Oliver Cromwell: statue put in place in 1899 after a bitter political struggle

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This Saturday, says Eddie Ford, should remind us that the role of the monarchy is not only about pomp, circumstance and providing popular entertainment

In the spirit of the Morning Star, which in the past has restricted its coverage of events regarding the monarchy in this way, I will start by reminding readers that this weekend will see ‘major traffic disruption’ in central London due to a lot of fuss about a 74-year-old man.

Yes, it is the coronation of Charles Windsor - the oldest person ever to accede to the throne, after having been the longest-serving heir apparent and Prince of Wales in British history. It seems that this particular coronation of King Charles III and his consort, Camilla, is going to be different. The “new tradition”, as The Guardian put it, replaces the homage of peers that has been used for centuries and will involve those watching the coronation on television or online - in pubs and parks - being urged to say out loud their loyalty to the monarch in a “chorus of millions of voices”. Therefore we will be invited to chant the words: “I swear that I will pay true allegiance to your majesty, and to your heirs and successors according to law. So help me, God.”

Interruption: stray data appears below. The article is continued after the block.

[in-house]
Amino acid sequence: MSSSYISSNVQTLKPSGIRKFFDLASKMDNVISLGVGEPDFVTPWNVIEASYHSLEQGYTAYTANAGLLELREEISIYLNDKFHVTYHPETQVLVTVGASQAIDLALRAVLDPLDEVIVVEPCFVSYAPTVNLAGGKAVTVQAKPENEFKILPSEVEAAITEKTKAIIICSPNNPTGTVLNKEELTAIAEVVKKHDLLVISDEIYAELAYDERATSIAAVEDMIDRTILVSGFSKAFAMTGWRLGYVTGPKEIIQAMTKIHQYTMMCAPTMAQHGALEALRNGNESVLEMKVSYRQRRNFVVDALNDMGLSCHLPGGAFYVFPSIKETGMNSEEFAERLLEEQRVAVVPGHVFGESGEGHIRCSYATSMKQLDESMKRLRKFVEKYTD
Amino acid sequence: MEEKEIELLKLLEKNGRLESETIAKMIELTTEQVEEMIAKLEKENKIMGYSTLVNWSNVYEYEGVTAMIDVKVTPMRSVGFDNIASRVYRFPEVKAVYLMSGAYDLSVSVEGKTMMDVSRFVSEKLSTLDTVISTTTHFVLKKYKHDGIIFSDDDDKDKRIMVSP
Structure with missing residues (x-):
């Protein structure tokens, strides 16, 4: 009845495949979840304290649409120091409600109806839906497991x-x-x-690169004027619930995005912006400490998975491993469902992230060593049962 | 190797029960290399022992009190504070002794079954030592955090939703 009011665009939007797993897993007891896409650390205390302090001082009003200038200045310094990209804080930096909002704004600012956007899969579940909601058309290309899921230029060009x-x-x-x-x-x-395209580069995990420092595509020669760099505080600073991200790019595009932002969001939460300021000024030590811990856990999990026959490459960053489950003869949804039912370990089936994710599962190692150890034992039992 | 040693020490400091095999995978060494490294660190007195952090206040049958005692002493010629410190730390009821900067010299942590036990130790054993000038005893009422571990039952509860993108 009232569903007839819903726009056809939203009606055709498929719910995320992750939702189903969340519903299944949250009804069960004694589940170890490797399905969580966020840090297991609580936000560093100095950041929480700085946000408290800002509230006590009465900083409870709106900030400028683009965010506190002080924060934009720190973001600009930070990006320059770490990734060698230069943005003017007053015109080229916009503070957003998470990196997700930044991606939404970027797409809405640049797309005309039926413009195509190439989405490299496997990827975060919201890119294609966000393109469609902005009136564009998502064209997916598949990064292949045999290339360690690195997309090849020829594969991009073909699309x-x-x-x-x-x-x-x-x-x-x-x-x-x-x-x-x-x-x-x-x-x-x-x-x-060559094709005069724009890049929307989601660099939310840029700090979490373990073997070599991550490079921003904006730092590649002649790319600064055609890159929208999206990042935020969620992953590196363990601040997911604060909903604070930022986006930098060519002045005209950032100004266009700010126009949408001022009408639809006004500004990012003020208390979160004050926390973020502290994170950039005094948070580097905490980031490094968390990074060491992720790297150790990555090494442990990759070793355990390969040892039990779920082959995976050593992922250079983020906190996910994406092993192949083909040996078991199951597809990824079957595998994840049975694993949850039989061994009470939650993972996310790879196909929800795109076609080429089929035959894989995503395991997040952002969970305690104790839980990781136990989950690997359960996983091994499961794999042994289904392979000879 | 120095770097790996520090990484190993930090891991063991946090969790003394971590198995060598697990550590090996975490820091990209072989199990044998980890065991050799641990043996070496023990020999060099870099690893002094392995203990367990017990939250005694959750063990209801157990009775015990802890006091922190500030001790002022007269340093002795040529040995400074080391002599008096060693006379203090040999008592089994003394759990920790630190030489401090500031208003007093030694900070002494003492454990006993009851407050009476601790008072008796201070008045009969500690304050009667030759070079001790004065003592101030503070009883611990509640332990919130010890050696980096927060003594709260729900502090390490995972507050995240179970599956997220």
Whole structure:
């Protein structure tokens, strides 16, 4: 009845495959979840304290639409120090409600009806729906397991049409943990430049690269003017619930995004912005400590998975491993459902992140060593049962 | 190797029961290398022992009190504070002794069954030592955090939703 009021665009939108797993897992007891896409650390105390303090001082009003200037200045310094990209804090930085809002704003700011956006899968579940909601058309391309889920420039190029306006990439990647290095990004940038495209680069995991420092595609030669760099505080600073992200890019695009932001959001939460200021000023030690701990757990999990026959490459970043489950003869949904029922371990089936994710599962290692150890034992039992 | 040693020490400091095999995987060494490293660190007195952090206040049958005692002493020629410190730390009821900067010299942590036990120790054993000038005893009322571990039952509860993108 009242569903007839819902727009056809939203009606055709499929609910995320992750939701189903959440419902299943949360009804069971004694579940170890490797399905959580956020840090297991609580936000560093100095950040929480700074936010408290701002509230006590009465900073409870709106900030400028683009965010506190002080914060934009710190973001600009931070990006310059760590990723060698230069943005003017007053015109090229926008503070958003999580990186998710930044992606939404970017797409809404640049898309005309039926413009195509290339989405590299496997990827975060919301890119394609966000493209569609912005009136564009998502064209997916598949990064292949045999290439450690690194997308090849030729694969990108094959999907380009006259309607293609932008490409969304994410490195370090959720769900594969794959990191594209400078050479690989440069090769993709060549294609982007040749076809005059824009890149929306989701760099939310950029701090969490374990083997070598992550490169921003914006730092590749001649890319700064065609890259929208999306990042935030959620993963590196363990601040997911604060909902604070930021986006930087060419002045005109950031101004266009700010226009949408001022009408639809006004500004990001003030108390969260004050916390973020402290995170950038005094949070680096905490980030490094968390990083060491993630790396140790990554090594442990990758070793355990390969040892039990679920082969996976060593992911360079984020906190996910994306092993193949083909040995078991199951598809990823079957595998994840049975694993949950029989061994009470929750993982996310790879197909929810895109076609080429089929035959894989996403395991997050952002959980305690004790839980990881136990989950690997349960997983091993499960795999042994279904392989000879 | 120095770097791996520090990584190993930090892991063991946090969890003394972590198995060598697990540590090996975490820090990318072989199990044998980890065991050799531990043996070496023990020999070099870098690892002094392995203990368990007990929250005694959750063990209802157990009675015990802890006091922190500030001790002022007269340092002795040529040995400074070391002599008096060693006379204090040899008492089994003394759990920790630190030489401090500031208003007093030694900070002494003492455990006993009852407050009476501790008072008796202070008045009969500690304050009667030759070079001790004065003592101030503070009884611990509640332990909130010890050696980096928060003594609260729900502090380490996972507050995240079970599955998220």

Quite rightly, this innovation has attracted widespread derision - as if it was deliberately designed to alienate the maximum number of people possible. Are people in pubs expected to stand to attention too, while reciting this crap? At least it would be a comic spectacle. If this is the new king’s idea of a monarchy “more befitting” of the 21st century, it has got off to a bad start. Those defending it say MPs already pledge allegiance to the monarch on taking their seats, so what is the problem with extending the practice? Lambeth Palace, the official London residence of the Archbishop of Canterbury, said it was intended to be a moment of “joy and celebration” - both in the abbey and in homes across the country and beyond. It will bring the world together, apparently. By contrast, the liberal anti-monarchist Republic group said the new oath was “offensive” and “holds the people in contempt” - which may well be true. But Republic wants to replace the monarchy with a presidential system, meaning we would end up with an elected monarch instead.